Melissa: I’m actually from the east coast. I grew up in Philly and then I spent most of my young adulthood in Baltimore and traveling up and down the coast. I was a professional dancer for a while, so Baltimore, DC, New York, Philly were my trek often. I moved to Chicago about ten years ago and it’s a really cool city.
Iana: The theme of our next issue is LOVE, and to own your own business you really have to love what you’re doing, because let’s be honest it’s not always easy…
Melissa: I kind of had to giggle at that because when I meet somebody new and they ask, “Oh, what do you do for work?” and I tell them I own a yoga studio, they say “That must be so relaxing.”
Iana: What is one word you would use to describe what it’s like being a yoga studio owner?
Melissa: Hats. Lots of hats. I think the biggest challenge in owning a studio, is you have to go from fully holding space, leading classes, spreading that passion and inspiration that you have…to then stepping off of your mat and responding to emails about mixed up retail orders and the internet that’s been out, and learning how to manipulate and set up sound boards and your visual equipment. So there’s this constant, push and pull of energy. The challenge that I find, and that I find with a few studio owners who I connect with often is, how to go from giving, giving and then can you receive? Can you find that inspiration piece?
Iana: Replenishing your well, that’s the only way you’re able to do it! It’s funny because I did a teacher training 15 years ago thinking I want to own a studio and be a teacher, but I couldn’t figure out how to do that shift that you just talked about from receiving and giving without being exhausted. So I chose a different path…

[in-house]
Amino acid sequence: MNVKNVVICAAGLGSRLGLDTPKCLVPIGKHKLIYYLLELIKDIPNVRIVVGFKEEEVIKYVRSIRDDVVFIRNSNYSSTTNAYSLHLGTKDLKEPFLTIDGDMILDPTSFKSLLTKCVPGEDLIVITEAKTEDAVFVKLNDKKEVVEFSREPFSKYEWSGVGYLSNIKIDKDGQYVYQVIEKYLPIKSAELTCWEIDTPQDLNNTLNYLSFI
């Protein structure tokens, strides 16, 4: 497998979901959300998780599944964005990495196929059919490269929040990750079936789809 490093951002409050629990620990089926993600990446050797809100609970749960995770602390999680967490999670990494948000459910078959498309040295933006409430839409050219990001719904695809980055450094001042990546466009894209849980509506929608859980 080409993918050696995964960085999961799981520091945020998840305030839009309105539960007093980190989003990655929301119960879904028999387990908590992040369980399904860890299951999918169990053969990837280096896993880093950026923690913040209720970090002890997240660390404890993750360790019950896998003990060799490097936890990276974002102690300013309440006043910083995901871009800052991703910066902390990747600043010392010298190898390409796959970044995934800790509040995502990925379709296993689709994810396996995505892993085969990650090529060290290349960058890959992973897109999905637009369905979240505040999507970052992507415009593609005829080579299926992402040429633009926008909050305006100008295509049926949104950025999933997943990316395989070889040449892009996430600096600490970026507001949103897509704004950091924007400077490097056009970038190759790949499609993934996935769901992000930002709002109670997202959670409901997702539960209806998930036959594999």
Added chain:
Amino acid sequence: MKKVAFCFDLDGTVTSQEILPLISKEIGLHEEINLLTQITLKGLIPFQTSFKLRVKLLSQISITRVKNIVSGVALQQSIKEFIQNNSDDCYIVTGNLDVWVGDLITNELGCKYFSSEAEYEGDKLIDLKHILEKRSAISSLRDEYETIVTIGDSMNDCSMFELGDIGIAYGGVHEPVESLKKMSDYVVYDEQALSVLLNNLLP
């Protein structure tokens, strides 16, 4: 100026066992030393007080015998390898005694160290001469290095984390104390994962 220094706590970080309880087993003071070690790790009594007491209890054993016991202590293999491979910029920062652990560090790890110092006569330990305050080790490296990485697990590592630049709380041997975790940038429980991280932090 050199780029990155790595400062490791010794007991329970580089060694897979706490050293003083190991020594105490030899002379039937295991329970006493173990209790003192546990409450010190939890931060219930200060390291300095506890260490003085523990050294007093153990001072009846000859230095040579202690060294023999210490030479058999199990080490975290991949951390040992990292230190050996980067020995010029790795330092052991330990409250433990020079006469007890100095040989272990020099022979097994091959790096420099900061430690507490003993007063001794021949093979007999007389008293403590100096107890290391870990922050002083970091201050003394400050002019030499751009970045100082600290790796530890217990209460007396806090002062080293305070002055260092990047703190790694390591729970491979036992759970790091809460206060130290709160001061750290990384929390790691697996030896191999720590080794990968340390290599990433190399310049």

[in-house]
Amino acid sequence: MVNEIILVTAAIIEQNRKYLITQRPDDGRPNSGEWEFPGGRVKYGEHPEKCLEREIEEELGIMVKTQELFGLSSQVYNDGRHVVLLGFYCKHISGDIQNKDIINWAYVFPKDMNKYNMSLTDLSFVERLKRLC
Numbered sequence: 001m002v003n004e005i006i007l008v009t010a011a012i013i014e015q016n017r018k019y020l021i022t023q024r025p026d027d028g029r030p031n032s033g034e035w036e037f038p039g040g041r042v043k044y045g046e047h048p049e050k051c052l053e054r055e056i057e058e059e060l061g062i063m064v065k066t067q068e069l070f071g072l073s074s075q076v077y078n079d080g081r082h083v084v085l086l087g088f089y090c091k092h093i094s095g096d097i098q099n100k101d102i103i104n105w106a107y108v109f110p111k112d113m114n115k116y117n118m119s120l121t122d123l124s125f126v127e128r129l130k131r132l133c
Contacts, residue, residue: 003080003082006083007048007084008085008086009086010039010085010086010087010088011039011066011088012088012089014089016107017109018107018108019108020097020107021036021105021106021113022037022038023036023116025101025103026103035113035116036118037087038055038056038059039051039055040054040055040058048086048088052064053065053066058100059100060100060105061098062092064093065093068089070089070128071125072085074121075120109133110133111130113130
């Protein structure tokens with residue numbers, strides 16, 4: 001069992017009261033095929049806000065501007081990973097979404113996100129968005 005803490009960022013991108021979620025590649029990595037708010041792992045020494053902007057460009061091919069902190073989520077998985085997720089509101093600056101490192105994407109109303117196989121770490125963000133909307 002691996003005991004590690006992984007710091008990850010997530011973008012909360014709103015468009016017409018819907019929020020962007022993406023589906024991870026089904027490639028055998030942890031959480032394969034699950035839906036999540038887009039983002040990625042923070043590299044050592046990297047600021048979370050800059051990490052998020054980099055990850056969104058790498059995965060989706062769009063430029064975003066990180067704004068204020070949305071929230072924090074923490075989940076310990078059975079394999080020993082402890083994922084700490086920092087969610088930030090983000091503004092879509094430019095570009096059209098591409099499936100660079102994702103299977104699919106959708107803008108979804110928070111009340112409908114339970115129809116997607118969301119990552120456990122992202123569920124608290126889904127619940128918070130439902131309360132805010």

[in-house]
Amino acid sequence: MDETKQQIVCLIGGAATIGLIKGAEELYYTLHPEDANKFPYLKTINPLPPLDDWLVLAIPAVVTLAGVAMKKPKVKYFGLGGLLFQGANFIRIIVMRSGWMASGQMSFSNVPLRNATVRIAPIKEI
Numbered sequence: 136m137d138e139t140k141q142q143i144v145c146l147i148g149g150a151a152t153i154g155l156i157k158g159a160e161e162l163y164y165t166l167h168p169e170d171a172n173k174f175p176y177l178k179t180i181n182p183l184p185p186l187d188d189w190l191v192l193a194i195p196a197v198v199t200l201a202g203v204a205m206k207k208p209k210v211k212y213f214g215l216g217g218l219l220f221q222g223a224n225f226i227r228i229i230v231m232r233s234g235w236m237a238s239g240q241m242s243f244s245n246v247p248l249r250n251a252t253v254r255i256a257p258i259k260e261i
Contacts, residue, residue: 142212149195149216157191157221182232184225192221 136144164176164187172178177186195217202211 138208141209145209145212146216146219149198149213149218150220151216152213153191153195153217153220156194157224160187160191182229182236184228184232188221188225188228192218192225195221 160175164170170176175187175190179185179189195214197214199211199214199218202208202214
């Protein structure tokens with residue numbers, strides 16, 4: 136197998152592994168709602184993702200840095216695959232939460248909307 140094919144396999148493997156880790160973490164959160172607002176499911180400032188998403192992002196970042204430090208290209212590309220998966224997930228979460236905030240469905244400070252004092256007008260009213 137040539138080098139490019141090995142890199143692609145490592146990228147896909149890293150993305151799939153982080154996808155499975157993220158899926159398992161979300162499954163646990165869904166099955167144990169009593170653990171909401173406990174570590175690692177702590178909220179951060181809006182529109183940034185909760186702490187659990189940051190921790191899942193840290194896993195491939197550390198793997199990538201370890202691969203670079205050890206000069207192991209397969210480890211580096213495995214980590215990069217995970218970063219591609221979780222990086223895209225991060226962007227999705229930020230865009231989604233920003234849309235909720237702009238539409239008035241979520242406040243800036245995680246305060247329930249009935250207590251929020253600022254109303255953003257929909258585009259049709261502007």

Melissa: I think that’s something that yoga teachers in general face. I think many yoga teachers aren’t solely yoga teachers. The nature of the industry is you tend to teach a few classes at a few studios, and you’re either a constant gig worker trying to pick up shifts, or you’re a nine to fiver who needs the fulfillment of teaching yoga and you have something to give there. But I think that regardless of where you are in the industry, it is a push and pull and like that old saying goes…”do what you love and you’ll never work a day in your life” or “do what you love and you’ll work every single moment of every day.”
Iana: Can you share with us before you go what you’re most excited about coming up? Is it a YTT? Is it a retreat? Is it some kind of class that is new to your schedule?
Melissa: We just started two teacher trainings, we have a 200 hour teacher training that just began and we are halfway through our 85 hours prenatal yoga teacher training. Big things that are coming up, is the annex is about to be transformed into a training space. So we are close to debuting our 300 hours teacher training. Through the pandemic most of our yoga teachers, if they didn’t already have their 300 hours, used the time for professional development. So we now have some of the most highly skilled, highly compassionate, most inclusive, diverse staff of any studio that I’ve seen. We made it a goal as a studio to put that out there because we want to keep bringing the industry up.
Iana: Thank you for your support.